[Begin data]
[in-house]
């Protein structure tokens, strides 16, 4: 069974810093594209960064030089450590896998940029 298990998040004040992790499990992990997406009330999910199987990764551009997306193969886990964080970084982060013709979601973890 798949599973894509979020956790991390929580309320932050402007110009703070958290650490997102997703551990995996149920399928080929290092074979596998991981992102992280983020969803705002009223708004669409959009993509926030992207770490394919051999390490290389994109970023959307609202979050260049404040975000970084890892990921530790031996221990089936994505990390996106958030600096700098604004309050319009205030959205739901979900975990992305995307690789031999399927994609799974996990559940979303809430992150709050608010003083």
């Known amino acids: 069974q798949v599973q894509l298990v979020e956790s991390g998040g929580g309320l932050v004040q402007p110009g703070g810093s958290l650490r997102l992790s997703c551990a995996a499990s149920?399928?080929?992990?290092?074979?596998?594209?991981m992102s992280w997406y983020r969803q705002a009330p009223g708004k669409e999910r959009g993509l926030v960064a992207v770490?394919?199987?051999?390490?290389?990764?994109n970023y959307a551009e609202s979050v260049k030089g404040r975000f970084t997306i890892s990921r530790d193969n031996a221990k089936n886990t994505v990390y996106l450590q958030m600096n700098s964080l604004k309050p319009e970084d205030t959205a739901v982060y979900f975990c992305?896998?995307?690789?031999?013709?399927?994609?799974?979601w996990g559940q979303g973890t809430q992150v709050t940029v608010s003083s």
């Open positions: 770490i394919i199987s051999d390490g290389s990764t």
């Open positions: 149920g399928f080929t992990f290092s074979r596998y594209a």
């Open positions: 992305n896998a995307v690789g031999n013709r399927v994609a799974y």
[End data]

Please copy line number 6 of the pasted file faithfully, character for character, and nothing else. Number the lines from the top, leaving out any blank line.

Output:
């Open positions: 992305n896998a995307v690789g031999n013709r399927v994609a799974y």